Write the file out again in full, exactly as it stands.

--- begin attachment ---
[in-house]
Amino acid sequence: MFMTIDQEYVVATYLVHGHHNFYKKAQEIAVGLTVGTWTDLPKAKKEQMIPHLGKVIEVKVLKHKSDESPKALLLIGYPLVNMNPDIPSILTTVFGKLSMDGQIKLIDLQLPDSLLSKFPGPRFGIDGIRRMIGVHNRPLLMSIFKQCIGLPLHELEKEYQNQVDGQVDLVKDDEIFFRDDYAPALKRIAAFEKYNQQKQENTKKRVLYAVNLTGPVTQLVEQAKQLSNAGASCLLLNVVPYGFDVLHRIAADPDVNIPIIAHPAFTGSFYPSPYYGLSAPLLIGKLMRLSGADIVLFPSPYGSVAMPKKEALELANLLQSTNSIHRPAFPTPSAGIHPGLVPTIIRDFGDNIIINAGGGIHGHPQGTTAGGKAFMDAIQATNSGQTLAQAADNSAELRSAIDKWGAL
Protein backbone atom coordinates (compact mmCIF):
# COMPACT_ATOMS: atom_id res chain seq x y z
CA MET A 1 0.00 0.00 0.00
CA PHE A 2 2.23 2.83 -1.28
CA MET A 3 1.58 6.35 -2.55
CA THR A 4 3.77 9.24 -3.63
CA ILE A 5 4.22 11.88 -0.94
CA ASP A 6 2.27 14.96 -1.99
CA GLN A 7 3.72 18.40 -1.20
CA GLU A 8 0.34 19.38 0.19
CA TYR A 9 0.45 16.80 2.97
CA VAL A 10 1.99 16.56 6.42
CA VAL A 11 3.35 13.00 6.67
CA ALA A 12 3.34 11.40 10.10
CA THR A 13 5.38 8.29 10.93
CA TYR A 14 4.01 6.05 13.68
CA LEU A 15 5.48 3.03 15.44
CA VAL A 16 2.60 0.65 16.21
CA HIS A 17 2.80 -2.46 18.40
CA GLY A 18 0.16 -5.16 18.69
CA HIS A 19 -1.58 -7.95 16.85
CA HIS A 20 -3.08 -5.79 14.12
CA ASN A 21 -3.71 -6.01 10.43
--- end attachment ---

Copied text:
[in-house]
Amino acid sequence: MFMTIDQEYVVATYLVHGHHNFYKKAQEIAVGLTVGTWTDLPKAKKEQMIPHLGKVIEVKVLKHKSDESPKALLLIGYPLVNMNPDIPSILTTVFGKLSMDGQIKLIDLQLPDSLLSKFPGPRFGIDGIRRMIGVHNRPLLMSIFKQCIGLPLHELEKEYQNQVDGQVDLVKDDEIFFRDDYAPALKRIAAFEKYNQQKQENTKKRVLYAVNLTGPVTQLVEQAKQLSNAGASCLLLNVVPYGFDVLHRIAADPDVNIPIIAHPAFTGSFYPSPYYGLSAPLLIGKLMRLSGADIVLFPSPYGSVAMPKKEALELANLLQSTNSIHRPAFPTPSAGIHPGLVPTIIRDFGDNIIINAGGGIHGHPQGTTAGGKAFMDAIQATNSGQTLAQAADNSAELRSAIDKWGAL
Protein backbone atom coordinates (compact mmCIF):
# COMPACT_ATOMS: atom_id res chain seq x y z
CA MET A 1 0.00 0.00 0.00
CA PHE A 2 2.23 2.83 -1.28
CA MET A 3 1.58 6.35 -2.55
CA THR A 4 3.77 9.24 -3.63
CA ILE A 5 4.22 11.88 -0.94
CA ASP A 6 2.27 14.96 -1.99
CA GLN A 7 3.72 18.40 -1.20
CA GLU A 8 0.34 19.38 0.19
CA TYR A 9 0.45 16.80 2.97
CA VAL A 10 1.99 16.56 6.42
CA VAL A 11 3.35 13.00 6.67
CA ALA A 12 3.34 11.40 10.10
CA THR A 13 5.38 8.29 10.93
CA TYR A 14 4.01 6.05 13.68
CA LEU A 15 5.48 3.03 15.44
CA VAL A 16 2.60 0.65 16.21
CA HIS A 17 2.80 -2.46 18.40
CA GLY A 18 0.16 -5.16 18.69
CA HIS A 19 -1.58 -7.95 16.85
CA HIS A 20 -3.08 -5.79 14.12
CA ASN A 21 -3.71 -6.01 10.43